The First Mud Dog Ride
I road tripped to Grand Rapids to meet Eric and the Mud Dogs when they came in from the first ride in February 2009.
Seven snowmobilers — Eric, friends and colleagues — had ridden through snow and ice for about 300 miles. Eric was shaking with fever and cold from having ridden so far and just coming off chemo two days before.
He was physically drained, but mentally high. The “Dogs” were all very pumped up about the amount of support they were receiving. That night Eric and I spoke at a small dinner before the main conference began. After we finished, people crowded around Eric handing him bills and wishing him luck. A young woman whom Eric had never met came up with $500 in pledges. She had heard about Eric’s cause and rode to the event from northern Minnesota without telling Eric.
At that moment, we understood that snowmobilers were very giving people.
With Eric, we looked for any excuse to celebrate and this night it’s at Signatures Restaurant in Minneapolis. The celebration involved dinner, flowers, a sarcastic t-shirt and a special dessert created by the chef.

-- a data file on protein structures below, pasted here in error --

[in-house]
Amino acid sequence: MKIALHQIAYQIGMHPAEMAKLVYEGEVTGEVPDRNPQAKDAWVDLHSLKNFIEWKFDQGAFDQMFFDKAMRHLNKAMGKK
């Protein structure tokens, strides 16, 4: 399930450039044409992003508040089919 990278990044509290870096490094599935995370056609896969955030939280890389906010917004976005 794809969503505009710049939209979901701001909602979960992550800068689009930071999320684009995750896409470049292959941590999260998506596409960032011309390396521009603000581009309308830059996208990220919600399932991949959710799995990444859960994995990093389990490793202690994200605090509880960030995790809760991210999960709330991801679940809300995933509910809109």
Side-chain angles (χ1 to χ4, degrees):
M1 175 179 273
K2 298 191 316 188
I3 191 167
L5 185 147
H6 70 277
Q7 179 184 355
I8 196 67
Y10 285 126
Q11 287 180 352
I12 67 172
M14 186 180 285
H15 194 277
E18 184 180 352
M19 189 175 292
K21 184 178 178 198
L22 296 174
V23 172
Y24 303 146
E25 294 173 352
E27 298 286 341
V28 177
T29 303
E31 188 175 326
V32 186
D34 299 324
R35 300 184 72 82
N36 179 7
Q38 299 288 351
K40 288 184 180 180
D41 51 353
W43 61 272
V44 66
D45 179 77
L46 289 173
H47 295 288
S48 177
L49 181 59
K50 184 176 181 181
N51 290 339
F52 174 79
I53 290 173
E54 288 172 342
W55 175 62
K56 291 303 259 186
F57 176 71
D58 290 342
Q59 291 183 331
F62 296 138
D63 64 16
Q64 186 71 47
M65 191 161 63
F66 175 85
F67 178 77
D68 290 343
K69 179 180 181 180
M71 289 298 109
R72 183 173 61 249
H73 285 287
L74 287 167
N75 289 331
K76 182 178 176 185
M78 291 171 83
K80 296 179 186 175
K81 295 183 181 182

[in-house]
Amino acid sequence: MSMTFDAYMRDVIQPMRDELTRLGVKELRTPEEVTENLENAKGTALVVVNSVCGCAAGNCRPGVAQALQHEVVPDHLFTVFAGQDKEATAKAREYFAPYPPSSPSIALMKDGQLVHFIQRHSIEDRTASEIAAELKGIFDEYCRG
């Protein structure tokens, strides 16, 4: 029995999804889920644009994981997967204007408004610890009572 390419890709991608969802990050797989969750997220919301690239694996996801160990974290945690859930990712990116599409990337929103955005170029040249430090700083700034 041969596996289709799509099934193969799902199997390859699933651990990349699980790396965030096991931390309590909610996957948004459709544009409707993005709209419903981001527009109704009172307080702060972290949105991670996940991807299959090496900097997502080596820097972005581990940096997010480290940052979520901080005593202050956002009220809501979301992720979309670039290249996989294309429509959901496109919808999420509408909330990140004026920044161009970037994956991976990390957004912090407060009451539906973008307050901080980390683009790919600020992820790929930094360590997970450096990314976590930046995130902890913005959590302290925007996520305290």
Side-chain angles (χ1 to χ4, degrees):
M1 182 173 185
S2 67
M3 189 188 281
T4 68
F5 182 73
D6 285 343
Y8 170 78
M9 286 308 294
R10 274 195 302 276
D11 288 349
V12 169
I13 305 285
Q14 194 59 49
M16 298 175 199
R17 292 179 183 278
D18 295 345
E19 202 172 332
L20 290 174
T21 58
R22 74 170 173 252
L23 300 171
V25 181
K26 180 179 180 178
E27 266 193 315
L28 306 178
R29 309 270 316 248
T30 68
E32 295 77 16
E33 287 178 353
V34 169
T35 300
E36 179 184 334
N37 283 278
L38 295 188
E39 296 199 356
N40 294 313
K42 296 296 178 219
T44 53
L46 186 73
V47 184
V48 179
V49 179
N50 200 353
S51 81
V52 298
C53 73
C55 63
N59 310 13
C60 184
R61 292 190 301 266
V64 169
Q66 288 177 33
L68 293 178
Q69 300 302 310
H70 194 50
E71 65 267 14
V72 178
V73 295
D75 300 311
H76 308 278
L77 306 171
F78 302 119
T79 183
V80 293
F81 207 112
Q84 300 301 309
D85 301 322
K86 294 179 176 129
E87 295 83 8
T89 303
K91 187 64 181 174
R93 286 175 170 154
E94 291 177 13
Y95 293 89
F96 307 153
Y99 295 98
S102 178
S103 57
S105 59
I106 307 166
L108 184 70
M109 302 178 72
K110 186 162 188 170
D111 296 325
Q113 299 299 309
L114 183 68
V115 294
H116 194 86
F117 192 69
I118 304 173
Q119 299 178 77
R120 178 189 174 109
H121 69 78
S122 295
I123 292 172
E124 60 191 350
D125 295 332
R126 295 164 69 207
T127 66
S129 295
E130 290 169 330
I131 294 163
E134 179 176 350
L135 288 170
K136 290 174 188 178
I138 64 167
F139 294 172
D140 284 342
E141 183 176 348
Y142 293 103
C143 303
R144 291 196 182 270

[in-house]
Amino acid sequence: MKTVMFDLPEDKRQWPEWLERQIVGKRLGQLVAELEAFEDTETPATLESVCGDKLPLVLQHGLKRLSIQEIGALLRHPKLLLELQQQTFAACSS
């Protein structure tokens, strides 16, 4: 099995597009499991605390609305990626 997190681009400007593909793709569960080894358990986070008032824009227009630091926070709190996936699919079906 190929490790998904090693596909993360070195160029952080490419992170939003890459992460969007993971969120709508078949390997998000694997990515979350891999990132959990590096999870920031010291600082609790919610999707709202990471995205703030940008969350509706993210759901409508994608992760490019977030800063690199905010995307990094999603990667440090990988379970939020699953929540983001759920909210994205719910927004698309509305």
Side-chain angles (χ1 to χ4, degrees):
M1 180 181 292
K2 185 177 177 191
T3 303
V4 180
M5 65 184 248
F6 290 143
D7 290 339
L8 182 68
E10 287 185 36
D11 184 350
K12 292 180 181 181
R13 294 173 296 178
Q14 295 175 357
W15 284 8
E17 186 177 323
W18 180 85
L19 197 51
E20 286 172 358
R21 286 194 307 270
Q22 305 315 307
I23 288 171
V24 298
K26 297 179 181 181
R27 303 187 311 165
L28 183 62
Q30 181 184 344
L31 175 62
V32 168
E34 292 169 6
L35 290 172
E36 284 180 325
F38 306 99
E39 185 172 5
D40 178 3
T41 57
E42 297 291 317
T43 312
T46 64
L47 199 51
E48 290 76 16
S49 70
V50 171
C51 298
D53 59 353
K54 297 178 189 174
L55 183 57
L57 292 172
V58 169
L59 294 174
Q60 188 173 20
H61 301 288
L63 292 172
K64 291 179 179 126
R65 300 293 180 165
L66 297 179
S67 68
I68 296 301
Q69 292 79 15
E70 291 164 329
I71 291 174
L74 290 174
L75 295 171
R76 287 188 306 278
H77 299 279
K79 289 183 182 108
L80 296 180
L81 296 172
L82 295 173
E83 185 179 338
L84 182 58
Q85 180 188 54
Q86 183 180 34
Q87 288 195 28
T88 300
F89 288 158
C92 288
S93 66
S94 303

Eric had a surprise for us. When he removed his long sleeved shirt to change into his new T-shirt he proudly unveiled his arm. It was tattooed with a large yellow ribbon that had the words Rein in Sarcoma curling through it.
He had just finished a round of chemo so my first thought was, “Don’t they check your blood levels before tattooing?” I was sure that his arm would get infected and have to be amputated. I told him, in my best mom voice, that I would take his amputated arm to a taxidermist and put in the museum of bad medical decisions.
He just laughed and said, “That will never happen.” He proudly wore that tattoo as he continued to use every means he could think of to raise money and awareness of sarcoma. After dinner he put the flowers carefully in his motorcycle bag, waved his tattooed arm and drove off.
A unique flower-loving man with a big yellow tattoo and an agenda in life, Eric was off to think of more ways to kick sarcoma’s butt.